Gaming, EEG and MRI brain scanning, and -- eventually -- a closed-loop system will help scientists explore the theraputic uses of video games. (Josh Cassidy/KQED)
This week the University of California, San Francisco debuts a new laboratory devoted to asking whether video games can do more than turn us into couch potatoes.
There are no test tubes at the Neuroscape Lab. Instead, it looks like some billionaire’s personal video game parlor: dimly lit in a palate of dark grays, punctuated by a red gaming chair and a red circle on the floor where gamers stand (and jump, squat and lunge) during motion-capture games.
Exploring the "Glass Brain"
The room is dominated by two large screens. One displays the game itself. On the day I visited, it was a futuristic movement-and-concentration game where an avatar on the screen mirrors the player’s body movements as he or she scores by smacking down floating golden orbs.
The second screen displays what Adam Gazzaley, a neuroscientist at UCSF, calls “the glass brain,” a mesmerizing, slowly rotating image of a brain pulsing with flashes of light.
The glass brain is a mash-up of two brain scanning techniques. One is static, an MRI image of the player’s brain, captured in a scanner before the game begins.
Superimposed on the MRI are signals collected by another brain-scanning technique used by neuroscientists: electroencephalography, or EEG. Normally, EEG read-outs look like the horizontal zig-zags of a seismograph. On the glass brain, they're translated into flashes of red, green and yellow streaks, corresponding to the electric firing between billions of synapses inside in the brain.
Right now, there’s a slight delay between the player’s action and when the corresponding brain activity shows up on screen. But technicians are working to close that gap, says Gazzaley, “so that we can see an event in the brain right at the moment it’s happening in the world.”
The next step is to build the game so that it responds to the player's brain activity, sensing where a particular task activates the brain, and then adjusting to challenge that particular network.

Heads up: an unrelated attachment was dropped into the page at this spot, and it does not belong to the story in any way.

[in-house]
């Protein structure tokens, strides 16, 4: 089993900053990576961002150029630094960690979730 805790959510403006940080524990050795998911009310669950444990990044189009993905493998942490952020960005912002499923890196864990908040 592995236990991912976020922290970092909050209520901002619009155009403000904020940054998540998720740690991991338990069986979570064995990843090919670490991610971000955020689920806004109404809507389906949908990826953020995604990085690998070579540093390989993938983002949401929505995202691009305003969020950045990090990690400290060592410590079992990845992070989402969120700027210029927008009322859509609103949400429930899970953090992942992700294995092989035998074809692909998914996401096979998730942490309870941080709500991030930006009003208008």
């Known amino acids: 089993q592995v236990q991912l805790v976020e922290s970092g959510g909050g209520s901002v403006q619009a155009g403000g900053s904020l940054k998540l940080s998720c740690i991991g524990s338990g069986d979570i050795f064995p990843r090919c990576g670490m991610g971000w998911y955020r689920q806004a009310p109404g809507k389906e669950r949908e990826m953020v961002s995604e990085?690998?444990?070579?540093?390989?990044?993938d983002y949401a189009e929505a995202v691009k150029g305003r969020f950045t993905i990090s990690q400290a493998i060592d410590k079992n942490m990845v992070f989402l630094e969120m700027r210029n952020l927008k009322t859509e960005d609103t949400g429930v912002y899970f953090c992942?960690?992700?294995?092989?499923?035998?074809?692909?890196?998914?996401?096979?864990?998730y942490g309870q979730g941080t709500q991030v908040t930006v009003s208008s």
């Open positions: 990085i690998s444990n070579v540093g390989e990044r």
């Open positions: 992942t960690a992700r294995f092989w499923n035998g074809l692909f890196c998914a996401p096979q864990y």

A Feedback Loop Between Brain and Game
“The game will essentially understand where the weaknesses are, and then change the mechanics to put pressure on those processes to lead to improvements,” Gazalley says.
He is one of several researchers trying to understand whether video games could be used as a therapy for people struggling with memory problems, for example, or ADHD. Gazzaley believes games he's developing could become "the world's first FDA-approved prescribed video game."
Success will hinge on something called "transference," says C. Shawn Green, a scientist at the University of Wisconsin, Madison, who studies the effects of games on the brain.
“The big crux in the field at the moment is how do we produce really broad effects?" says Green.
Does Video Game Success Transfer to the Real World?
In other words, it's clear that video games do one thing very well: train people to become better gamers. But whether those results “transfer” outside the game into the real world is a source of lively debate among neuroscientists.
In a paper published in Nature last September, UCSF's Gazzaley and his co-authors showed that older adults were better able to multitask in the real world after training on a game called NeuroRacer.
In other words, the training "generalized," says Robert Knight, a professor of psychology and neuroscience at UC Berkeley and one of Gazzaley’s former advisors. "They didn’t only get better at the task [in the video game]; the performance generalized to other tasks.”
Whether those results will hold in future studies, and whether similar benefits show up in people with, for example, autism, ADHD or stroke, are questions scientists at Neuroscape and elsewhere will continue to explore.
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